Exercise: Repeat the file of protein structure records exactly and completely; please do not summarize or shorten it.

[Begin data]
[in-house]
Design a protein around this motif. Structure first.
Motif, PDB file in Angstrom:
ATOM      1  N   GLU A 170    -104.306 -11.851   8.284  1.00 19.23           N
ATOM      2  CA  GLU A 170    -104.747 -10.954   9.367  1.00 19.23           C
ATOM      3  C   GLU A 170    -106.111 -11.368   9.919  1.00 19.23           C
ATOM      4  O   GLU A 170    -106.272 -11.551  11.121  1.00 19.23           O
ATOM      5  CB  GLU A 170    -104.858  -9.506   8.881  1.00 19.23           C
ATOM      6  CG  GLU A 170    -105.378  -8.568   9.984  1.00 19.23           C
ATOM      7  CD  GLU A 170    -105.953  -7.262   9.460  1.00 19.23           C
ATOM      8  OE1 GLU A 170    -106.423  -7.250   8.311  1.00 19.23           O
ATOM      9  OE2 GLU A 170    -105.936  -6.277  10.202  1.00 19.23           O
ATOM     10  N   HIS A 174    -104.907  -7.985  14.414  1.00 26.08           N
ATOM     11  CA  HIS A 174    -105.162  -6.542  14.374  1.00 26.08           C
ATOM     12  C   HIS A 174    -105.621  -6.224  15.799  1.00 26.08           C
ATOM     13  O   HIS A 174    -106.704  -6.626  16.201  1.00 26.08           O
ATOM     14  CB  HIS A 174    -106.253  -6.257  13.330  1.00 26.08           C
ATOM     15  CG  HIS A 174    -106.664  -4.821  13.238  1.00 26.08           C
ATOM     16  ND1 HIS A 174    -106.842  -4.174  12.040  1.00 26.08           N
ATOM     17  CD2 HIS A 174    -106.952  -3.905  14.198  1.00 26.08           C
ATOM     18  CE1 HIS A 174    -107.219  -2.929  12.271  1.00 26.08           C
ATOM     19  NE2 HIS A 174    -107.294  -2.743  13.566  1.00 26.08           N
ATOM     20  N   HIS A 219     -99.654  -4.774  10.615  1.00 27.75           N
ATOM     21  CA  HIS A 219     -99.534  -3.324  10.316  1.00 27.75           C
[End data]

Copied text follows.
[in-house]
Design a protein around this motif. Structure first.
Motif, PDB file in Angstrom:
ATOM      1  N   GLU A 170    -104.306 -11.851   8.284  1.00 19.23           N
ATOM      2  CA  GLU A 170    -104.747 -10.954   9.367  1.00 19.23           C
ATOM      3  C   GLU A 170    -106.111 -11.368   9.919  1.00 19.23           C
ATOM      4  O   GLU A 170    -106.272 -11.551  11.121  1.00 19.23           O
ATOM      5  CB  GLU A 170    -104.858  -9.506   8.881  1.00 19.23           C
ATOM      6  CG  GLU A 170    -105.378  -8.568   9.984  1.00 19.23           C
ATOM      7  CD  GLU A 170    -105.953  -7.262   9.460  1.00 19.23           C
ATOM      8  OE1 GLU A 170    -106.423  -7.250   8.311  1.00 19.23           O
ATOM      9  OE2 GLU A 170    -105.936  -6.277  10.202  1.00 19.23           O
ATOM     10  N   HIS A 174    -104.907  -7.985  14.414  1.00 26.08           N
ATOM     11  CA  HIS A 174    -105.162  -6.542  14.374  1.00 26.08           C
ATOM     12  C   HIS A 174    -105.621  -6.224  15.799  1.00 26.08           C
ATOM     13  O   HIS A 174    -106.704  -6.626  16.201  1.00 26.08           O
ATOM     14  CB  HIS A 174    -106.253  -6.257  13.330  1.00 26.08           C
ATOM     15  CG  HIS A 174    -106.664  -4.821  13.238  1.00 26.08           C
ATOM     16  ND1 HIS A 174    -106.842  -4.174  12.040  1.00 26.08           N
ATOM     17  CD2 HIS A 174    -106.952  -3.905  14.198  1.00 26.08           C
ATOM     18  CE1 HIS A 174    -107.219  -2.929  12.271  1.00 26.08           C
ATOM     19  NE2 HIS A 174    -107.294  -2.743  13.566  1.00 26.08           N
ATOM     20  N   HIS A 219     -99.654  -4.774  10.615  1.00 27.75           N
ATOM     21  CA  HIS A 219     -99.534  -3.324  10.316  1.00 27.75           C